“After thinking that there was nothing that could be more impressive than Roper’s Sierra High Route, I can’t say enough how much my mind was blown by the grandeur of Skurka’s Wind River High Route.”
— Austin Lillywhite, Ithica, NY
“Skurka has created what is easily one of the best, and most challenging backpacking routes in the lower US. Yep, going to be hard to top this one.”
— Derek Bartz
“What a trip! The Winds defy description, the most spectacular scenery per square mile anywhere in the lower 48 in my humble estimation. Loop 2 was a great introduction. I am very grateful for the effort you have put into developing these lines and definitely want to go back.”
— Erik van Os, Colorado Springs, CO
For 97 miles, the world-class Wind River High Route follows the alpine crest of Wyoming’s Wind River Range, which ranks among the lower 48’s wildest and most magnificent. It is best completed as an end-to-end thru-hike, but its eight recommended section-hikes are more approachable and convenient.
From start to finish, the Wind River High Route remains immersed in jaw-dropping mountain scenery and topography. From high passes between towering peaks, it drops into deep, glacier-carved valleys and strolls past hundreds of lakes. In July and August, its alpine meadows are cloaked in lush grasses and colorful wildflowers. Elk sightings are common; seeing bighorn sheep or grizzly bears is more rare and special. The summertime weather pattern is predictable and mostly friendly: sunny mornings give way to increasing cloudiness in the afternoon, with possible thunderstorms, sometimes violent.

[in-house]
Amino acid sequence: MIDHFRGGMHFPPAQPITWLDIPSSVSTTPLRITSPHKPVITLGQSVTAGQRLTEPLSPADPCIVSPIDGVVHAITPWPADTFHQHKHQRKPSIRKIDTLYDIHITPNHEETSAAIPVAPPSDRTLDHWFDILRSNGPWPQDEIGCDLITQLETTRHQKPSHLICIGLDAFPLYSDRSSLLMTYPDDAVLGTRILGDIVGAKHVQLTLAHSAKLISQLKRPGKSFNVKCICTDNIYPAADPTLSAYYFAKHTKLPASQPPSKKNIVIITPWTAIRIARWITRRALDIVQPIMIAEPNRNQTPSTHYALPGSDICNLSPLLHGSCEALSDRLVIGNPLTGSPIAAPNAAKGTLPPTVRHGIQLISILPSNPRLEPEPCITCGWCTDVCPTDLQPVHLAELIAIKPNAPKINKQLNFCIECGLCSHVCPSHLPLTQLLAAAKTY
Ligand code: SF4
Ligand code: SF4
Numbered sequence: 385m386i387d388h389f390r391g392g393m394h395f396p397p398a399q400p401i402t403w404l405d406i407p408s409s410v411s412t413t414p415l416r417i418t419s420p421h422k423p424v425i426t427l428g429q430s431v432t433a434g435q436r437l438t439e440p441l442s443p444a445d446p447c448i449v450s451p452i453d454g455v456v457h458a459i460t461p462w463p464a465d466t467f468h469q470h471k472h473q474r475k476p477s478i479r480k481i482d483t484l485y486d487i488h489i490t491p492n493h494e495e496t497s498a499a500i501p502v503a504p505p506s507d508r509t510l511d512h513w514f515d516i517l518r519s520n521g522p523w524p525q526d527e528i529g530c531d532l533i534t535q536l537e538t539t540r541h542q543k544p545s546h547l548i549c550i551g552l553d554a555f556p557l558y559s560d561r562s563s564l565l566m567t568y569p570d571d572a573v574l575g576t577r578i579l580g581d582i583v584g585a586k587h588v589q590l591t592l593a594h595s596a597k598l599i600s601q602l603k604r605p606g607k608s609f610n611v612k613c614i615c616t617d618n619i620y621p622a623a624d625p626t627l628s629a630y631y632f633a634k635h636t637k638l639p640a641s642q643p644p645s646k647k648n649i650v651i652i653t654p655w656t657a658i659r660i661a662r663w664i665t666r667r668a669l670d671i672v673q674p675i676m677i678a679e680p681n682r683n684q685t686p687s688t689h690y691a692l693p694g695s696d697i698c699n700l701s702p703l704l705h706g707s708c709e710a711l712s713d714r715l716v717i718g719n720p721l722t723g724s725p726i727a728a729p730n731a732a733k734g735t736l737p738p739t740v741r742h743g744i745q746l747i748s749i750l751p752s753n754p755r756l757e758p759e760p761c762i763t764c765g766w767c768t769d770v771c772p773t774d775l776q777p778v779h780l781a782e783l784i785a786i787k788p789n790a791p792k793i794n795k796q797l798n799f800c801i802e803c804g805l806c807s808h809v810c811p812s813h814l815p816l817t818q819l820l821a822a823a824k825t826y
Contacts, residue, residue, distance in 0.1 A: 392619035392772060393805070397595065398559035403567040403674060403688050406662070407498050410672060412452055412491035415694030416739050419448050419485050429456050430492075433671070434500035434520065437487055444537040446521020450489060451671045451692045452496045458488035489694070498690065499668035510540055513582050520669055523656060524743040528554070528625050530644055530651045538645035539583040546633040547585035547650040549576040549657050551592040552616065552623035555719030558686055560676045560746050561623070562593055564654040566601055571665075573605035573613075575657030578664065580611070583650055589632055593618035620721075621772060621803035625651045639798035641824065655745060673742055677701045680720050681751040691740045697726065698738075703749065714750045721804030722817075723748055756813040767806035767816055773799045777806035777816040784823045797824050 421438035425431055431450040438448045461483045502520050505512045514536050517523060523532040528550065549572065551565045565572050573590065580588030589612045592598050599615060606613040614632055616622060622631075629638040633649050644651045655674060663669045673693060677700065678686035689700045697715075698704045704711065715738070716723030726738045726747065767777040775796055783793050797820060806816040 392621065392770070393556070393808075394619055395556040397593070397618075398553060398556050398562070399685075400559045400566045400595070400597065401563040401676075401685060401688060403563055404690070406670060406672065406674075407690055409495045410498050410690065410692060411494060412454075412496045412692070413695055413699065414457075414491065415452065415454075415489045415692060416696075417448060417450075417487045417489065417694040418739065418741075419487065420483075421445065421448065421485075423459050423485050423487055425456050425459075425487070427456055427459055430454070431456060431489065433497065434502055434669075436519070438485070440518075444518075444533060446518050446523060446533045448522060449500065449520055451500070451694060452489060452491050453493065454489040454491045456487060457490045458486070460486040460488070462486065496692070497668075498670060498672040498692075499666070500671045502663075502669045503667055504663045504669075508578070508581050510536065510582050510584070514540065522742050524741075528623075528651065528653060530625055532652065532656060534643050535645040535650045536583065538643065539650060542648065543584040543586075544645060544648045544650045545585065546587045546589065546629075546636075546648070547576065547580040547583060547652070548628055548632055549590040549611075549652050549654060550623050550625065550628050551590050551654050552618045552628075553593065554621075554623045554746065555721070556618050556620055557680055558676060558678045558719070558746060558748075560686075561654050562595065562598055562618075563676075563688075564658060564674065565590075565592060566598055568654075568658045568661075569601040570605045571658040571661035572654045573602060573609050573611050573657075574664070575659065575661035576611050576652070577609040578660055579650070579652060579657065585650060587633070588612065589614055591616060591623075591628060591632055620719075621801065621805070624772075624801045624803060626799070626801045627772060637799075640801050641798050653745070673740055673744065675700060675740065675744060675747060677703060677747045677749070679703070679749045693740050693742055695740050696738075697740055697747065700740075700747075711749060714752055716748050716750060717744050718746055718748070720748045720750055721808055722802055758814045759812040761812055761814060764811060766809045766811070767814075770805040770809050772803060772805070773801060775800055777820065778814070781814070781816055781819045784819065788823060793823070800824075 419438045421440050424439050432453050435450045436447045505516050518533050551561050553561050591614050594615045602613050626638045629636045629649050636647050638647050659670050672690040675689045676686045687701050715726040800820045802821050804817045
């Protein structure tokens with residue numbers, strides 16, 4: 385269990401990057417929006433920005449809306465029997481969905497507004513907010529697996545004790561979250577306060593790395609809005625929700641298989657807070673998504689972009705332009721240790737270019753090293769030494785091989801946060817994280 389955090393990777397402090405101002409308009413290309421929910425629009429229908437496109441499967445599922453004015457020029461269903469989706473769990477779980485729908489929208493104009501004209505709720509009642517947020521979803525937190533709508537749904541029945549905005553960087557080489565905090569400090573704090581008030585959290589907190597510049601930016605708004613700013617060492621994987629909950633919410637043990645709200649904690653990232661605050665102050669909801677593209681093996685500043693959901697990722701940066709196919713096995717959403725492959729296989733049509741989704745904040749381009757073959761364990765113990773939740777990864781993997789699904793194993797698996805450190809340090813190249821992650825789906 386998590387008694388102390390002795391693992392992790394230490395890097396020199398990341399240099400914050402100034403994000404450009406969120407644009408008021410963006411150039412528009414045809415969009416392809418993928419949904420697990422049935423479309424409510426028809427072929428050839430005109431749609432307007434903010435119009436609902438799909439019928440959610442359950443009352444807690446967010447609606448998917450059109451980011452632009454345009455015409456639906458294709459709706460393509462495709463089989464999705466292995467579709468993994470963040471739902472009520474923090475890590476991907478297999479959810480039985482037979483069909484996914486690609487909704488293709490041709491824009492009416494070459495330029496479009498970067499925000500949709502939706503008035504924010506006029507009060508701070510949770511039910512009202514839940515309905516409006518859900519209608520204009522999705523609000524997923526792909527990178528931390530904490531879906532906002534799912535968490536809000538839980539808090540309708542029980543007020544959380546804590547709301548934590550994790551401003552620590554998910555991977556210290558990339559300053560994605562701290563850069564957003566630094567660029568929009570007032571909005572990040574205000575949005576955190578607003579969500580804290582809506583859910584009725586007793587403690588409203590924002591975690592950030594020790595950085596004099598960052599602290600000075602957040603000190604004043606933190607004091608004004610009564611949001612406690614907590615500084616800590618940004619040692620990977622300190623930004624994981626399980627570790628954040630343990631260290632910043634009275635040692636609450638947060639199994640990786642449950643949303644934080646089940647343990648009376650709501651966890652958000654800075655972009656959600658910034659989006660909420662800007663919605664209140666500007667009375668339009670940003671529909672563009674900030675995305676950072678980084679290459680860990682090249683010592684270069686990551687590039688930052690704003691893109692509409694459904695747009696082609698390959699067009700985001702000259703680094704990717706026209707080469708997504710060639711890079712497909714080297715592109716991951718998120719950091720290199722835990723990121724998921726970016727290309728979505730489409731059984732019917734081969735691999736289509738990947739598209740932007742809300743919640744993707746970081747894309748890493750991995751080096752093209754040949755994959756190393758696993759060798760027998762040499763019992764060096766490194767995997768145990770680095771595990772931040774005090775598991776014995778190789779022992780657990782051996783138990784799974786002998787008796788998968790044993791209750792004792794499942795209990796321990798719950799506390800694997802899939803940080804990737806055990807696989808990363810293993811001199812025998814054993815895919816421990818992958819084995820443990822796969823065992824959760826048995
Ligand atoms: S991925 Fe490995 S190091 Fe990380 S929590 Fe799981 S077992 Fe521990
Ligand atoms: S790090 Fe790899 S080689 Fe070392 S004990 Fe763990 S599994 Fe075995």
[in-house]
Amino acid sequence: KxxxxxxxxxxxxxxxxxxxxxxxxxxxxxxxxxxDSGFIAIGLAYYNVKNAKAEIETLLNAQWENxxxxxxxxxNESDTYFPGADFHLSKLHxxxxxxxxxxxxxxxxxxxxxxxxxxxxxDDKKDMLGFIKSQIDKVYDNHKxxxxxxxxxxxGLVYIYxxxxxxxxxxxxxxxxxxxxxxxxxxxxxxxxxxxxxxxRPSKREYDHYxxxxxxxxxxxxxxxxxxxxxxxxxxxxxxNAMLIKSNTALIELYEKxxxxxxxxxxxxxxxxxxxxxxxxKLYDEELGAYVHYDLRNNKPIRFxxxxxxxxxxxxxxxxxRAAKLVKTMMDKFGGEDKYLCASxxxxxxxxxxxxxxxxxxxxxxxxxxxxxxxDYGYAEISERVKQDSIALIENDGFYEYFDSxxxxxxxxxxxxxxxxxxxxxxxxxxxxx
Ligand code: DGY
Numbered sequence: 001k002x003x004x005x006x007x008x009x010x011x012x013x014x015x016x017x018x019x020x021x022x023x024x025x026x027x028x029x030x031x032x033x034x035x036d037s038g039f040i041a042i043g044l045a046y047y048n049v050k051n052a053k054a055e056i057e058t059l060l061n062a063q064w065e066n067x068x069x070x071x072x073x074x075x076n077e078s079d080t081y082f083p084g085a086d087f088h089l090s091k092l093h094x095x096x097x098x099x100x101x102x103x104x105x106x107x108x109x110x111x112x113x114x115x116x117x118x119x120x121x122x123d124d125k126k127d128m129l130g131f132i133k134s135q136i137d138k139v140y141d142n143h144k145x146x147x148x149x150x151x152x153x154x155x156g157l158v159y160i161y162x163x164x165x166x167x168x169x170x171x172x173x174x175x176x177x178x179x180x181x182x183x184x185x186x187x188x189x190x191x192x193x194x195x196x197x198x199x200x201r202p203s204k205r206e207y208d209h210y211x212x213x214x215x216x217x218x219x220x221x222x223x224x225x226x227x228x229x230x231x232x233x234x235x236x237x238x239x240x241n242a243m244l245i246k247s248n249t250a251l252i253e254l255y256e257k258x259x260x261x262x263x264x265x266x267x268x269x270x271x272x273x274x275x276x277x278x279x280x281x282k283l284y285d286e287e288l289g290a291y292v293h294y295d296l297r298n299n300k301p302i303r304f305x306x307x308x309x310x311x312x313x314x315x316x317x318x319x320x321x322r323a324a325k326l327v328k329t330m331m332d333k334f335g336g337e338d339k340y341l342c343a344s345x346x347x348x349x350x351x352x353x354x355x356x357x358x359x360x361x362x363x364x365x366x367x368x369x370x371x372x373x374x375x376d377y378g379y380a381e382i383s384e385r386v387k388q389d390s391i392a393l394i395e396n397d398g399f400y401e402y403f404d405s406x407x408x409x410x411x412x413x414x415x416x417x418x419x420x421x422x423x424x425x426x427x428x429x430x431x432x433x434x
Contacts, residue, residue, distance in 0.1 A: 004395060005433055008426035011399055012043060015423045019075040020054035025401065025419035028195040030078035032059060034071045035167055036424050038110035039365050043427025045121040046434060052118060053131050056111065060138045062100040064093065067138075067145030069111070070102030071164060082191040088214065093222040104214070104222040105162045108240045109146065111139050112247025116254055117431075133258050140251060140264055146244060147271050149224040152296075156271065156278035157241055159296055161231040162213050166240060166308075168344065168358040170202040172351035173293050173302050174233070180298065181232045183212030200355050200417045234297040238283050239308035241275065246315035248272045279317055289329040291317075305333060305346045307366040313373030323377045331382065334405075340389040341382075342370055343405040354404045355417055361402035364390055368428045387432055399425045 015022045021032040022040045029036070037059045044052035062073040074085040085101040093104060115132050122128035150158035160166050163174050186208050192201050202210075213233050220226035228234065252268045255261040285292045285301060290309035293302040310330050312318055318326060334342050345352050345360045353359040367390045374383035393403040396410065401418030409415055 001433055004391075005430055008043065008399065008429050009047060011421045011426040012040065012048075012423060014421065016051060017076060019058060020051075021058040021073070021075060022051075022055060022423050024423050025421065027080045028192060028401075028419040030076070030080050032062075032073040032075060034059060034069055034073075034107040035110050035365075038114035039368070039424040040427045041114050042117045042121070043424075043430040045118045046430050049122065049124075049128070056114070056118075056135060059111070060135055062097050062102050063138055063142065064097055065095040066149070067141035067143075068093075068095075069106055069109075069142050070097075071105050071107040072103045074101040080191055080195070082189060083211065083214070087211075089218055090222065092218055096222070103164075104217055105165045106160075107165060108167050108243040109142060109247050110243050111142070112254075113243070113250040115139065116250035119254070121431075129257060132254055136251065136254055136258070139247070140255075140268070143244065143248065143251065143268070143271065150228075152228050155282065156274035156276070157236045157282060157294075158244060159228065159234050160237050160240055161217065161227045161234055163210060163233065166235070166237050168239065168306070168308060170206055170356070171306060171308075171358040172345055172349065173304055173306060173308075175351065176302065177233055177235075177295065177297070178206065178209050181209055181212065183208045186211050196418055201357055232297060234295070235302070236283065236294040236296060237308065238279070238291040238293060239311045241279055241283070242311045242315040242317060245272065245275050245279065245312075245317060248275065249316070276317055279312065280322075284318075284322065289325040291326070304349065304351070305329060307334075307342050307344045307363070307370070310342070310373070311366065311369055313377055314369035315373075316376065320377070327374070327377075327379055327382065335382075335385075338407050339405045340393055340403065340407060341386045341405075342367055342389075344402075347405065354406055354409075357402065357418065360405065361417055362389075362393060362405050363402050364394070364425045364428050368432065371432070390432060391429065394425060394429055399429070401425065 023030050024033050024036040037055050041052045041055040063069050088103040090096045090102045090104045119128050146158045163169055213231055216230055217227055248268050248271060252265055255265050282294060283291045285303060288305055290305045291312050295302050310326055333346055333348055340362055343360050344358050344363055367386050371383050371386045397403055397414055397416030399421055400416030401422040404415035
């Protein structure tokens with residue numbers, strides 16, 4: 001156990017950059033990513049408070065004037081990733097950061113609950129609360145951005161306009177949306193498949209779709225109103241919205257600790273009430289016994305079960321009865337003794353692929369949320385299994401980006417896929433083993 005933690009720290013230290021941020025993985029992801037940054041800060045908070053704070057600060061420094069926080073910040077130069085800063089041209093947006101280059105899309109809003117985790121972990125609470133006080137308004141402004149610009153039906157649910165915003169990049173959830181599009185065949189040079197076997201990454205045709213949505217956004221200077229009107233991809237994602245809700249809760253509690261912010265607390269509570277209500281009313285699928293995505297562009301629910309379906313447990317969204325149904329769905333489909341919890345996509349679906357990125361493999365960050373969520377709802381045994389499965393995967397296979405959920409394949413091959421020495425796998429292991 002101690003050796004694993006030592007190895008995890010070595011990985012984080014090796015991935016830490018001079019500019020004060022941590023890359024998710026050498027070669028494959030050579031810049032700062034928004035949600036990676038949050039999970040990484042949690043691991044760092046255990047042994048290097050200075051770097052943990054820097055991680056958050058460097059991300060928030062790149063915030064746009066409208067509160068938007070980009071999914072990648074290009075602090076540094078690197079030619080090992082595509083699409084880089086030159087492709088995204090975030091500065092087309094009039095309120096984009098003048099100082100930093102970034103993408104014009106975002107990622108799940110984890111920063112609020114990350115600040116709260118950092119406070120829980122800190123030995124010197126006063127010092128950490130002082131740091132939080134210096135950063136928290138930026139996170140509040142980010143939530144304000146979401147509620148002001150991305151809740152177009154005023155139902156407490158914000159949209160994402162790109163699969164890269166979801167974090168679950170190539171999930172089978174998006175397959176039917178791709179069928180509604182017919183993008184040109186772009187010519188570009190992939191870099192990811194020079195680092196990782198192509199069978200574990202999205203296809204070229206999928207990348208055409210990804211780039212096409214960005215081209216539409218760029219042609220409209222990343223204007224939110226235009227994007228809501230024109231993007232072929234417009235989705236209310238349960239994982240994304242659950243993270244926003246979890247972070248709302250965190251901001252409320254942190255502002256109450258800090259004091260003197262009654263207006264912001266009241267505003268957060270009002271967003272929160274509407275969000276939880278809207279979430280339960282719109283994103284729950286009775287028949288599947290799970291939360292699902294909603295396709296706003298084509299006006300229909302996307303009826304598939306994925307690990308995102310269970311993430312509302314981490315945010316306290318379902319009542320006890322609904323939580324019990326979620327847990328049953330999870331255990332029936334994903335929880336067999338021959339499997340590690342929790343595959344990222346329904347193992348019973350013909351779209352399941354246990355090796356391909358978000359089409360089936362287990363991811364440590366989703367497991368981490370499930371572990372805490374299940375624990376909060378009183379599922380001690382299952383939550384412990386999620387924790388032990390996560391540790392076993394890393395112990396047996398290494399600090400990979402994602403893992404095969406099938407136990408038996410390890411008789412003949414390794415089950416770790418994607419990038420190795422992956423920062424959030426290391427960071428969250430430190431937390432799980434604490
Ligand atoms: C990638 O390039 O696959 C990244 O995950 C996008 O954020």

Without question, the Wind River High Route is the finest line in one of the finest mountain ranges in the world. But like other high routes — e.g. Sierra High Route, Kings Canyon High Basin Route — it is recommended and appropriate only for ambitious intermediate and advanced backpackers.
Sixty-five miles, or two-thirds of the route, is off-trail. The longest continuous off-trail stretch is 30 miles; another is 22 miles. There is extensive travel on talus, granite slabs, snow, and likely some glacial ice, but no technical climbing. It can be done entirely in trail running shoes, though micro crampons and/or an ice axe can be useful.
The heart of the route is bookended by the range’s southernmost and northernmost named 13,000-foot summits, Wind River Peak and Downs Mountain. In between, the route hovers between 10,000 and 12,000 feet. It drops just once to 9,700 feet, which is more than offset by a 12,259-foot mid-route summit, Europe Peak.
The vertical change between the route’s nine passes and three summits, and the accompanying low points, adds up. There is more than 30,000 vertical feet of climbing, or an average of 620 vertical feet of change per mile.
Not surprisingly, the Wind River High Route never crosses a road and it is never immediately accessible from another trailhead.
The lands through which the Wind River High Route passes are managed by Bridger-Teton National Forest, Shoshone National Forest, and the Wind River Indian Reservation (for which a permit should be obtained). The route is not officially recognized, nor should it be.
There have been several efforts to establish the Wind River High Route. See Wandering Daisy, Dan McCoy, Backpacker Magazine, and most substantially Alan Dixon and Don Wilson. These routes are in the spirit of a high route, but they fail to fulfill the range’s full potential. Most importantly, they bypass entirely the northeast corner of the range, its most spectacular section, home to Gannett Peak (Wyoming’s high point) and the largest concentration of glaciers in the Rocky Mountains. Surely, “the” Wind River High Route must go there.